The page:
The Nevada Independent Living Program is designed to assist and prepare foster and former foster youth in making the transition from foster care to adulthood by providing opportunities to obtain life skills for self-sufficiency and independence. Some young people who leave the foster care system may need continuing services to help them on their way to adulthood. The Independent Living Program does this by offering many learning and training opportunities along with financial assistance.
The Division of Child and Family Services (DCFS) considers all eligible foster youth to include those youth who are in the care and custody of DCFS, Washoe County Department of Social Services , Clark County Department of Family Services and Tribal foster youth. DCFS considers foster care as the legal status of the child, not the physical placement of the child, to determine eligibility for independent living services.
Who is eligible?
The Independent Living Program services are available to youth 14 and older who are currently in foster care and to former foster care youth who aged-out of the foster care system at age 18. Independent Living services are also available to youth who were adopted from foster care on or after their 16th birthday. Young people who aged-out may continue receiving services until age 21. Nevada will extend independent living services to youth who have aged out of care in another state.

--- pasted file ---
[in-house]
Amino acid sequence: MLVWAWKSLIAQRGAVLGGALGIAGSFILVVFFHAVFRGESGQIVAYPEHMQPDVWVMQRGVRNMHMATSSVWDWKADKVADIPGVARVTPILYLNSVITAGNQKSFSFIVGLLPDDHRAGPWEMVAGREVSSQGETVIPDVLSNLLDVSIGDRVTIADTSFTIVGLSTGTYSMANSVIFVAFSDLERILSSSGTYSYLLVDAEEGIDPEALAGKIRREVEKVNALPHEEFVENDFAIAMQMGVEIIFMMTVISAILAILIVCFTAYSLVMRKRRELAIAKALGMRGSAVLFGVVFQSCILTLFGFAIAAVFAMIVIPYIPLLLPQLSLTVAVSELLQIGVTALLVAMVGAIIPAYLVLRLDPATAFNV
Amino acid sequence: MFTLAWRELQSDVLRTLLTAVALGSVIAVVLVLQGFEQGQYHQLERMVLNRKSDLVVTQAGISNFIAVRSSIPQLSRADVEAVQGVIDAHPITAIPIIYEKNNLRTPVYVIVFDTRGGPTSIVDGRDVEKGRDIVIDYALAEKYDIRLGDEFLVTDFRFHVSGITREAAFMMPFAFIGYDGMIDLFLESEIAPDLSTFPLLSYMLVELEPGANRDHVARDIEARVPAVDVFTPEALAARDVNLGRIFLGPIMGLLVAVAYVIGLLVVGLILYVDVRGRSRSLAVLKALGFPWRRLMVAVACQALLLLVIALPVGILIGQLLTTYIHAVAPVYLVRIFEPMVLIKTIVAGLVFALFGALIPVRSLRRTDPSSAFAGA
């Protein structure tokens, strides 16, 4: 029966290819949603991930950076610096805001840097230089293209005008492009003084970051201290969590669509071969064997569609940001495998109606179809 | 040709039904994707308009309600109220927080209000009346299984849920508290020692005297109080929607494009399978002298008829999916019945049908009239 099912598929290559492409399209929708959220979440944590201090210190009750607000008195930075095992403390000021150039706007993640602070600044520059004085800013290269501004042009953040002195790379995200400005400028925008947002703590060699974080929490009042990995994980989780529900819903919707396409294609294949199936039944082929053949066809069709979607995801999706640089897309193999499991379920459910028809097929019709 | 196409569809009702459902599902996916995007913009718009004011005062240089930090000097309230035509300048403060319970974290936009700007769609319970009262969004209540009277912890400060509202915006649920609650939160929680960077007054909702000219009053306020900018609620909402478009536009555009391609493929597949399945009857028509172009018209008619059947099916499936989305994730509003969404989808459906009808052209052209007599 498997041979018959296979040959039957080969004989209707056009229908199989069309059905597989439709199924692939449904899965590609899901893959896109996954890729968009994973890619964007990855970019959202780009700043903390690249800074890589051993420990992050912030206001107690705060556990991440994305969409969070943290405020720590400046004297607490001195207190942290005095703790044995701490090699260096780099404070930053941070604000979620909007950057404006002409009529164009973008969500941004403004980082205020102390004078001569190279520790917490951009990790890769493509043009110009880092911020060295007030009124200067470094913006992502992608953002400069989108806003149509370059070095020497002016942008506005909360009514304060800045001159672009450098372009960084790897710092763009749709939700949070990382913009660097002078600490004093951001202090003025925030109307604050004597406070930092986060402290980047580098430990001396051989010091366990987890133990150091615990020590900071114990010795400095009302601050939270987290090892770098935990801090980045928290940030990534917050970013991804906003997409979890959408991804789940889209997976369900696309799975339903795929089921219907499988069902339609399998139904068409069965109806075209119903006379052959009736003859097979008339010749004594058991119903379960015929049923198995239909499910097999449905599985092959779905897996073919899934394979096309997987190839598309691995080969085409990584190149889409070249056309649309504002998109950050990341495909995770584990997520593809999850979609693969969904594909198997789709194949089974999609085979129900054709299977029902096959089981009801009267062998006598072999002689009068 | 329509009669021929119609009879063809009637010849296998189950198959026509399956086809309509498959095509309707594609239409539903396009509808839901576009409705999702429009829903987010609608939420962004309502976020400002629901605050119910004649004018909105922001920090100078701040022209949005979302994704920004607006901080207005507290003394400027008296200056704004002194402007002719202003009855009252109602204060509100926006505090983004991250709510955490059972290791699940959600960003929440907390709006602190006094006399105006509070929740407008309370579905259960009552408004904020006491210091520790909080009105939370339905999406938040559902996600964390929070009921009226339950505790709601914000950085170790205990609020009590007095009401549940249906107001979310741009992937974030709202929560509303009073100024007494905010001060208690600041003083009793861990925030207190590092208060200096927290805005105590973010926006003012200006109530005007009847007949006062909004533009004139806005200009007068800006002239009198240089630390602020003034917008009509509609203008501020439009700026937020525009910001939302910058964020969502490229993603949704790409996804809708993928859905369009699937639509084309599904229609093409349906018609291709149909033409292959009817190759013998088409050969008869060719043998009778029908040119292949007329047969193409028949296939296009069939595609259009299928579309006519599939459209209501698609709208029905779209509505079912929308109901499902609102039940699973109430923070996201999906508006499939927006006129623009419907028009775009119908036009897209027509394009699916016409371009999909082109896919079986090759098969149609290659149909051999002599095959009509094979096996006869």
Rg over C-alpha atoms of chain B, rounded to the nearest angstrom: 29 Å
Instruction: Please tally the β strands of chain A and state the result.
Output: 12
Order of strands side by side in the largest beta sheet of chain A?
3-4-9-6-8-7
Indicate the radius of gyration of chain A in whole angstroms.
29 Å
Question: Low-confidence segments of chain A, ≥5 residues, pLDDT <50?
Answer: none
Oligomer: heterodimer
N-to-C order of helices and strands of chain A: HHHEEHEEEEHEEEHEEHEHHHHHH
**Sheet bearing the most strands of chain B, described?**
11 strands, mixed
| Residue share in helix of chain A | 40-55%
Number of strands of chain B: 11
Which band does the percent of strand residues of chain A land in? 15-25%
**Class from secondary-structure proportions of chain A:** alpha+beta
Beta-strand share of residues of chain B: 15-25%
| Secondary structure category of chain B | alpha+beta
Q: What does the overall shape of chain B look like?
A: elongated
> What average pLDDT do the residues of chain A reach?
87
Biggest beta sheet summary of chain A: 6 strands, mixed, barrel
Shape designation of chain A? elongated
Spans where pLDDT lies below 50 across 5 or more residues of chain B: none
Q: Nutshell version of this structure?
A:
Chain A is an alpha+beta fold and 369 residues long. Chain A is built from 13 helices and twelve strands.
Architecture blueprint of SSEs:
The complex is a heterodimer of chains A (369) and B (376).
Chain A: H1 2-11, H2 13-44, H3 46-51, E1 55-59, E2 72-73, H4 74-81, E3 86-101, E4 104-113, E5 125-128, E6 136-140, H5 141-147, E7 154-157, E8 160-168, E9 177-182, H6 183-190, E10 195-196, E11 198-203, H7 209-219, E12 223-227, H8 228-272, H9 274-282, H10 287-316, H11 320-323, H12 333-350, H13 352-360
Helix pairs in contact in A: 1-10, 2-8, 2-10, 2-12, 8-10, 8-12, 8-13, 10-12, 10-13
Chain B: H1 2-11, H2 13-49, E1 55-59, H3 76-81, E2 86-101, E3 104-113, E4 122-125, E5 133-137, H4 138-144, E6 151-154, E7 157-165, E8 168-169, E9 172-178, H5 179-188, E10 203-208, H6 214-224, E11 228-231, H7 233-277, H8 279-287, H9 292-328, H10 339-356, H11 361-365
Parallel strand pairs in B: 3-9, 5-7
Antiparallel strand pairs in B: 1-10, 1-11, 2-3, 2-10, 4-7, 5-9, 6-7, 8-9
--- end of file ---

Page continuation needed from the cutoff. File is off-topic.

What are the Independent Living Services?
Some of the services provided through the Independent Living Program include:
- Daily living skills
- Money management
- Decision making
- Housing assistance
- Substance abuse prevention, nutrition education and pregnancy prevention
- Preparation for postsecondary training and education
- Financial assistance with college or vocational schools
- Medical coverage
- Assistance in obtaining the GED
What are the funding sources for the Independent Living Program?
The three major sources of funding to assist foster and former foster youth in Nevada come from the federal and state government. The federal funding comes from the Foster Care Independence At of 1999 which established the John H. Chafee Foster Care Independence Program. Federal funding also supports the Education and Training Vouchers. The State of Nevada also provides financial assistance to former foster youth through the passage of Assembly Bill 94, also known as the Financial Assistance to Former Foster Youth Program (FAFFY). Each of these programs provides a variety of services and may have special requirements.